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Citizen Lab researchers uncover extensive Twitter cyber espionage campaign

Tag cloud of bait content topics used by Stealth Falcon shows a strong emphasis on political topics and narratives critical of the United Arab Emirate government

A new report from the University of Toronto’s Citizen Lab reveals a sophisticated international cyber-espionage campaign targeting journalists and activists whose work concerns the United Arab Emirates. The campaign used elaborate ruses, including fake organizations and journalists, to engage targets online, then entice them to open malicious files and links containing malware capable of monitoring their activities.

The campaign, which the researchers named Stealth Falcon, was first uncovered when a fictitious organization named “The Right to Fight” contacted Rori Donaghy, a UK-based journalist and founder of the Emirates Center for Human Rights. Building from this discovery, the Citizen Lab team, led by Bill Marczak, uncovered an elaborate web of fake social media handles and organizations.

“We’ve been diligently tracing Stealth Falcon for the past six months. But these guys have very good operational security.  For every fake persona we have thus far identified, dozens may await discovery,” Marczak said.

Stealth Falcon’s techniques rely heavily on ruses, which they seem to have constructed with the help of a good picture of their targets’ behaviors and interests. One particularly concerning approach was the use of fake journalists to entice targets to open malicious documents.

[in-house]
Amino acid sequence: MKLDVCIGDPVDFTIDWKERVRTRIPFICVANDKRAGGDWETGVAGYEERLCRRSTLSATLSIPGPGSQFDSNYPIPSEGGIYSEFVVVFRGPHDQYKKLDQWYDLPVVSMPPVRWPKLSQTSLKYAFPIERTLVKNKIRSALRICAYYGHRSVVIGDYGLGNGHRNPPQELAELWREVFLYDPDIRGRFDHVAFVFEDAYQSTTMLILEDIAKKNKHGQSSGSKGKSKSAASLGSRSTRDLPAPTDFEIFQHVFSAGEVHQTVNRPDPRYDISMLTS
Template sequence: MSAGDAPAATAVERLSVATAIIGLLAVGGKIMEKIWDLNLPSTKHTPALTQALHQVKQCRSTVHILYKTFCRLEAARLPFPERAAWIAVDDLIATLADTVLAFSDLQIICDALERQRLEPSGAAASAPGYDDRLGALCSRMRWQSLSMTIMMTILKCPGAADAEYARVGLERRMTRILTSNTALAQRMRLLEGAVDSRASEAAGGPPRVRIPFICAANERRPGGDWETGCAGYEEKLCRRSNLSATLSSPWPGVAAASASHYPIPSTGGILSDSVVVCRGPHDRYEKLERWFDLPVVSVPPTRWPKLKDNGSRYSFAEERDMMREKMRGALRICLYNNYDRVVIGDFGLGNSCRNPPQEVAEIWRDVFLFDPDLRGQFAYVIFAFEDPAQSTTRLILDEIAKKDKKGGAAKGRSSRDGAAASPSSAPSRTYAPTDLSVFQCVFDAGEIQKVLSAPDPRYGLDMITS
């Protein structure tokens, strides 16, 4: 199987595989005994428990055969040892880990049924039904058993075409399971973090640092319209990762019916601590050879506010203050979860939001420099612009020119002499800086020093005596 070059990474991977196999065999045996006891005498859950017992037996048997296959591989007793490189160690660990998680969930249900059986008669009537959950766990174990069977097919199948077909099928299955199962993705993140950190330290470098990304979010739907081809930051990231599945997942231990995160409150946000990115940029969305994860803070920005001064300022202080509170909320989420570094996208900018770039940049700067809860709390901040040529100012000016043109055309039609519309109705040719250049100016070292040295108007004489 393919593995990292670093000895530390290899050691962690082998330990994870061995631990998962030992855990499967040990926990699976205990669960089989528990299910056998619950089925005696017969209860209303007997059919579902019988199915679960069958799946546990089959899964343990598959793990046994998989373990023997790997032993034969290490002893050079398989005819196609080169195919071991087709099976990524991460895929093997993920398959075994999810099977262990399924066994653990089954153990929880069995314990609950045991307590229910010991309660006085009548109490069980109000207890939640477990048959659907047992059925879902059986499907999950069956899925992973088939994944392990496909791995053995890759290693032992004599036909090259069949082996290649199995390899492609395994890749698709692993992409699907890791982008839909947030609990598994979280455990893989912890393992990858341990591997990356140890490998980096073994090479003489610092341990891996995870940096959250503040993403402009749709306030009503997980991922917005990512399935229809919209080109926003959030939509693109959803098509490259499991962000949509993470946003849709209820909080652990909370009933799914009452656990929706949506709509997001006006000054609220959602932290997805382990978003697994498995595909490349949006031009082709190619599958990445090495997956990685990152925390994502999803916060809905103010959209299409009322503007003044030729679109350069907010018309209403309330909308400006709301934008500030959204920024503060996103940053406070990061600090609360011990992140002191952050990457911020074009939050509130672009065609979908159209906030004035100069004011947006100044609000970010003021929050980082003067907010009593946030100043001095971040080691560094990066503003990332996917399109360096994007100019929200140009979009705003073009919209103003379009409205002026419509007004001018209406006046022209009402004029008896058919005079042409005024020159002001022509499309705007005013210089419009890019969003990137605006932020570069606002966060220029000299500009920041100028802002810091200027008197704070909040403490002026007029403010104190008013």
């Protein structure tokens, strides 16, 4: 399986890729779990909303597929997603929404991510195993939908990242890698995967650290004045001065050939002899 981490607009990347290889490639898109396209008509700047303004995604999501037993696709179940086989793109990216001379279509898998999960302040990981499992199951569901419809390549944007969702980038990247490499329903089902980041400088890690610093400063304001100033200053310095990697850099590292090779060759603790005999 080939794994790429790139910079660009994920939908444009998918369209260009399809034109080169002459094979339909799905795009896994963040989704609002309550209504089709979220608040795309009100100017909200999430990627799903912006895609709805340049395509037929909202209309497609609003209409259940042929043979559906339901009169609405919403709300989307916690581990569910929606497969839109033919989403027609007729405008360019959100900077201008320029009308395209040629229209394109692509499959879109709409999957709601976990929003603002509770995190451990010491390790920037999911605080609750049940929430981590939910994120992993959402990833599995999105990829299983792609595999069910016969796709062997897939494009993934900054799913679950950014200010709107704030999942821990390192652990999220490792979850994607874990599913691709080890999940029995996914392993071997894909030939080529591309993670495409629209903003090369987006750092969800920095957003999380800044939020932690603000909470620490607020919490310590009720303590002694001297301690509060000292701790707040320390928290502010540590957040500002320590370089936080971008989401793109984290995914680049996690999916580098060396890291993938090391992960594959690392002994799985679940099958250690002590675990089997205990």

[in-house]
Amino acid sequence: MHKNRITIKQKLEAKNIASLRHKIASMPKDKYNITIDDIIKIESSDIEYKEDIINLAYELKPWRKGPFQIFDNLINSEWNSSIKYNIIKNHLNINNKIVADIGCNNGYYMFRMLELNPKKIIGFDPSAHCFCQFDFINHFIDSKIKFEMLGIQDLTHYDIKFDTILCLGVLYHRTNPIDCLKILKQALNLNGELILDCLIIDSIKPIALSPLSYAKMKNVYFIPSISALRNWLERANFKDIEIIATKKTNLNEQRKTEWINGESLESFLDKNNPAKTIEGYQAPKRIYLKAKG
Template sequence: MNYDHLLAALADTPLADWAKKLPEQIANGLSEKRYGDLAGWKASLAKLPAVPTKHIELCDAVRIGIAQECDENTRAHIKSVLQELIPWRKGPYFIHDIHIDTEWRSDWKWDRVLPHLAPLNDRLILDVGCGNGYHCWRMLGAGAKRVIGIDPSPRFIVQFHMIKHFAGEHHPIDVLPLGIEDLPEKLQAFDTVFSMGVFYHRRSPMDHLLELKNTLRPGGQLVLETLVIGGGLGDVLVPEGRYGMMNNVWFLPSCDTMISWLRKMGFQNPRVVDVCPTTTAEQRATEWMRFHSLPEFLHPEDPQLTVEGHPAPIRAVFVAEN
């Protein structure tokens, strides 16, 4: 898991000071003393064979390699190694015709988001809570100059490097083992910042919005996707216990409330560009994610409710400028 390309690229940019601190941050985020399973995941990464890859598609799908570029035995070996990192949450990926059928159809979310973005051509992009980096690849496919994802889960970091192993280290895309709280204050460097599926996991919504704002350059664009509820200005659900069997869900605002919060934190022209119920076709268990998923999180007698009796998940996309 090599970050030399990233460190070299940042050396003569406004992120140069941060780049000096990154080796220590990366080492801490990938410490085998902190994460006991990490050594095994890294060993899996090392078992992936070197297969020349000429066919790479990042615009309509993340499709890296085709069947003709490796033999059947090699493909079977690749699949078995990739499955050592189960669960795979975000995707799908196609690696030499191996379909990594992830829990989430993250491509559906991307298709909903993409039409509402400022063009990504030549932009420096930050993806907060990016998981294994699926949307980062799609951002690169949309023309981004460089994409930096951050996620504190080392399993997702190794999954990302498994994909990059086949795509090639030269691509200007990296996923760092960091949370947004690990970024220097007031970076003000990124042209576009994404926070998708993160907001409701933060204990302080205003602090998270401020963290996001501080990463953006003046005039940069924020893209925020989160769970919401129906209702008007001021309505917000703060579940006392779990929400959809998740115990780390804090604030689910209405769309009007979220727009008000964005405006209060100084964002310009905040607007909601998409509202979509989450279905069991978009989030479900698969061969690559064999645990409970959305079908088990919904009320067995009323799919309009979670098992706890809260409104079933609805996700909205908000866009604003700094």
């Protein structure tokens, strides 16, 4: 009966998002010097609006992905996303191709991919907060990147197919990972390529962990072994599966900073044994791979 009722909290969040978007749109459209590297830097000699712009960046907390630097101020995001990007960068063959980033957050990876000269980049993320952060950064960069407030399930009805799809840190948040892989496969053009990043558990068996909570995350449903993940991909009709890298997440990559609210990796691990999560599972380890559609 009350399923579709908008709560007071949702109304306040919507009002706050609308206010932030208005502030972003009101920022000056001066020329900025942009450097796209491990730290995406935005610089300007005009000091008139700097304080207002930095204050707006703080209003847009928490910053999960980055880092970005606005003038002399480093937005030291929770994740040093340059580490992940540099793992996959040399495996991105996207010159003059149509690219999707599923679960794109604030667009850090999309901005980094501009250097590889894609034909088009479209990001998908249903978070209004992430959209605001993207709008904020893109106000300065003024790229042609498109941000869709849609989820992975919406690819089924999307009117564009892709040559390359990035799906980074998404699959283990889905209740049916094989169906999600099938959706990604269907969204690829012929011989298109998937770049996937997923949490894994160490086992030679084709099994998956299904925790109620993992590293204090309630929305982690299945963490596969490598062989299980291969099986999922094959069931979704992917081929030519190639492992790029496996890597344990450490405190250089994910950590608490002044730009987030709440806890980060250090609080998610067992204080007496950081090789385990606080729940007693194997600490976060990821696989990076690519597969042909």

“Stealth Falcon shows us that masquerading as a journalist is a recurrent technique, but that it can have chilling effect on trust in civil society,” added Marczak's colleague John Scott Railton.

The targets include a range of activists and public figures whose work covers issues of Human Rights and advocacy in the United Arab Emirates. Several of the individuals targeted by Stealth Falcon’s ruse were later convicted or jailed by the UAE. The researchers analyzed more than 400 pieces of ‘bait’ content, of which 73 percent concerned the United Arab Emirates.

“Governments and the private sector are increasingly exporting attack tools and know-how in the name of cybersecurity," Marczak said. 

The report, called Keep Calm and (Don't) Enable Macros, stops short of conclusively attributing Stealth Falcon a particular sponsor, but highlights circumstantial evidence that could point towards UAE government involvement.

The research shows how the Internet, a key tool for organizing and activism, is also a powerful vehicle in the hands of malicious attackers, said Ron Deibert, Citizen Lab director. “Autocratic regimes like the United Arab Emirates are now routinely finding ways to subvert the tools of social media to accomplish their sinister aims. Careful research of the sort undertaken here can help journalists, activists, and others be on guard for these new threats.”

The Citizen Lab, based at the Munk School of Global Affairs, has an established track record of uncovering cyber espionage campaigns and other kinds of targeted digital attacks against human rights organizations. For more about the Citizen Lab, see https://citizenlab.org/

Read the Citizen Lab report, Keep Calm and (Don’t) Enable Macros, here